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‘Seri is an absolute steal’ for Fulham, says Meulensteen

Former Fulham boss Rene Meulensteen believes Fulham have pulled off one of the deals of the summer by signing Jean-Michael Seri.

The Whites broke their transfer record to bring the Ivorian international midfielder, who was close to joining Barcelona a year ago, to the Premier League from Nice and Meulensteen waxed lyrical about his qualities on BBC Radio 5 Live last night. The Dutch coach, who spent just 75 days at Craven Cottage in their last season in the top flight, told Five Live Sport:

I tell you what, Jean-Michael Seri … an absolute steal, in my opinion. He is a top six, if not a top three player. He reminds me of Clarence Seedorf – he’s got that guile and moves the ball – and Fulham’s got him. Fantastic.

Meulensteen was also full of praise for the achievements of Serbian head coach Slavisa Jokanovic both in guiding the Londoners back to the top flight and impressing upon the club’s ownership the importance of investing big prior to their return.

Jokanovic has been brilliant. What he’s done – he’s gone in and said, ‘Listen if you want to stay in here [the Premier League], we need to make sure we’re covered in all positions and you’re going to give us the best possible chance’. But looking at what they’ve spent and bring Schurrle in as well and now Chambers on loan, they’ve got some good players already, play some good football, so yeah, looking forward to it.

Four years ago today, Fulham faced 81 crosses and still claimed a point at Old Trafford

A crestfallen David Moyes, soon to be put out of his misery as Manchester United manager, told the press that ‘it doesn’t get any worse than this‘. His reaction was understandable – anyone who had watched the Sunday afternoon live game from Old Trafford would have considered one of the most remarkable results of the weekend – after bottom of the table Fulham resisted 81 crosses, a whole barrage of United pressure and then claimed a precious point thanks to Darren Bent’s injury time equaliser.

Whilst Moyes was left to lick his wounds following what was widely lamented as the nadir of his spell in the home dugout at Old Trafford, this result marked the high point of former Manchester United coach Rene Meulensteen’s brief spell in charge of Fulham. The Belgian followed this draw with a gut-wrenching injury-time defeat by Liverpool at Craven Cottage and, after a far flatter performance saw the Whites eliminated from the FA Cup in a fourth round replay by League One Sheffield United, Meulensteen was replaced by the eccentric Felix Magath in a doomed attempt to preserve the club’s Premier League position.

Meulensteen had sprung a surprise on his return to Old Trafford by handing Fulham debuts to Jonny Heitinga and Ryan Tunnicliffe, the Heywood-born midfielder who had captained United to FA Youth Cup success and left for London only ten days earlier on transfer deadline day, whilst teenage forward Muamer Tankovic made his league debut. The new coach preferred Dan Burn to Brede Hangeland in the centre of defence, with the young defender making headlines in days following the game by comparing United’s constant crossing with the type of attacking he faced during his non-league days.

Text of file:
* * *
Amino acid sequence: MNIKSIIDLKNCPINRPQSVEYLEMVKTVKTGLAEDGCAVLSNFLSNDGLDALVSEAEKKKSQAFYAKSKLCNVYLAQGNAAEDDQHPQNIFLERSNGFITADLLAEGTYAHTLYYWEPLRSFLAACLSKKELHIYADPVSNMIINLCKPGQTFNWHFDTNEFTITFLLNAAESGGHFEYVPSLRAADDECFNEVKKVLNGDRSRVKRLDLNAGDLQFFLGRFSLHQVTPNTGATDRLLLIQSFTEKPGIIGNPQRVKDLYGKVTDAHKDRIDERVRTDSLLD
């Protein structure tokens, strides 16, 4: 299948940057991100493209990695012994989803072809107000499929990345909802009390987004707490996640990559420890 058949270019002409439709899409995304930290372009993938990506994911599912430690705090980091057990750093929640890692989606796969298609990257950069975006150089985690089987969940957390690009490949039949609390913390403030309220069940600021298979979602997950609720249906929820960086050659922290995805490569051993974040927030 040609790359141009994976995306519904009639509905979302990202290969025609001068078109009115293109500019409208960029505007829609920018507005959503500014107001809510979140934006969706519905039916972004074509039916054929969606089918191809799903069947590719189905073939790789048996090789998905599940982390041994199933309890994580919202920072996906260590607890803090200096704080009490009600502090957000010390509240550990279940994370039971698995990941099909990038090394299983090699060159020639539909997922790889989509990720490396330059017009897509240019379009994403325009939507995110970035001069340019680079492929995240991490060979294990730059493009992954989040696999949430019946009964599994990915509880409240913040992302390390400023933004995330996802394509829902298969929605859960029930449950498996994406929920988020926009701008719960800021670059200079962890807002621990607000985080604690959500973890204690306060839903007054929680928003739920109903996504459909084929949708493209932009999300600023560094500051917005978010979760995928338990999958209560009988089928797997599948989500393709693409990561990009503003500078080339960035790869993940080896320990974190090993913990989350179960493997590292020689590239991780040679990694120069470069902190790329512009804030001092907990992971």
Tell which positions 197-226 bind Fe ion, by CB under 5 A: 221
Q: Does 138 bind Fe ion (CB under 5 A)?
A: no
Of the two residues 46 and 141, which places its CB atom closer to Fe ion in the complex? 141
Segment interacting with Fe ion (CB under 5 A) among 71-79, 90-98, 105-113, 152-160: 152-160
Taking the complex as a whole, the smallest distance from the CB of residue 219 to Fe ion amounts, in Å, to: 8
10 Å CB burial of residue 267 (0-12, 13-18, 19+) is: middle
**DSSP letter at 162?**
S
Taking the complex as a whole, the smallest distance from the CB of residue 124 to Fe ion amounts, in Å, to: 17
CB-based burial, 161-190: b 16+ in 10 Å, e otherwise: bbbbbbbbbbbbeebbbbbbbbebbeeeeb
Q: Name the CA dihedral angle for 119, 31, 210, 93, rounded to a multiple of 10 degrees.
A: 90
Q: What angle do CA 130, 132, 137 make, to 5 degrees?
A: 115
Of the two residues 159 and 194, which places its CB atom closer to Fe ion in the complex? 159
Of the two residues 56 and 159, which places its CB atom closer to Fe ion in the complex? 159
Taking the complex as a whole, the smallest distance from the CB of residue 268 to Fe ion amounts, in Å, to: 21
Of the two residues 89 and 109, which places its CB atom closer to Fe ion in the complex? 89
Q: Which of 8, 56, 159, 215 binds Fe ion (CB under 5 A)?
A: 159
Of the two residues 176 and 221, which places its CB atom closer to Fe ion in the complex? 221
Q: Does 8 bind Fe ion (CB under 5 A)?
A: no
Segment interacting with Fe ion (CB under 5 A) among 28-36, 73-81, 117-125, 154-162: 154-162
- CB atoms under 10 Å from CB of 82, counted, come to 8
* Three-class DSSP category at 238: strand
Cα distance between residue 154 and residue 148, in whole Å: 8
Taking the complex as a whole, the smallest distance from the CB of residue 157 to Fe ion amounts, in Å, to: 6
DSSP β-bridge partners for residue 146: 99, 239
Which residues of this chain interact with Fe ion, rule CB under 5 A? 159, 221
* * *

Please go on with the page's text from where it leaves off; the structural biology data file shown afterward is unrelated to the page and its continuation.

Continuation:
Fulham absorbed home pressure from the off, but stunned Old Trafford by taking the lead against the run of play twenty minutes in. Little Lewis Holtby dinked a delightful ball over the United defence and there was Steve Sidwell sliding in to steer a finish past the stranded David de Gea. Robin van Persie, who had already been denied by a fine Sascha Riether tackle, should have equalised almost immediately but lifted Rafael’s cross over the bar at the back post. The visitors had another lucky escape when Maarten Stekelenburg parried Michael Carrick’s effort before Sidwell bravely blocked van Persie’s follow-up.

The visitors should have made it two before the break, when they hit United on the counter attack. The impressive Tankovic, looking far from overrawed on the big stage threaded a ball through for former United utility man Kieran Richardson, but the ex-England international fired over the bar. Had Tankovic opted to play the ball right rather than left, Tunnicliffe would have been free for a tap in. As it was, Fulham would still have considered themselves fortunate to head in ahead at half time.

The same pattern continued after the interval. Stekelenburg made a sensational save to keep out Wayne Rooney’s effort from a van Persie cross and it was soon all-out-defence from the man in white. Jon Arne Riise got in the way of a venomous van Persie drive and substitute Scott Parker also produced a block tackle on Rooney, when the England skipper looked certain to score. When Fulham’s defence was breached, they caved in twice within the space of two minutes. First, a tiring back four could only clear Patrice Evra’s cross as far as Juan Mata and van Persie poached the equaliser from two yards and then Michael Carrick’s deflected drive from the edge of the box wrongfooted Stekelenburg to put the hosts ahead.

It looked for the world as though Fulham’s brave rearguard action would count for nothing, but that assessment reckoned without the late drama. Bent, who had been something of a spectator in the final third having replaced Tankovic at half time, stopped to head home the equaliser in the fourth minute of added time after David de Gea could only push Richardson’s shot up into the air, sparking wild scenes of celebration in front of Fulham’s travelling supporters.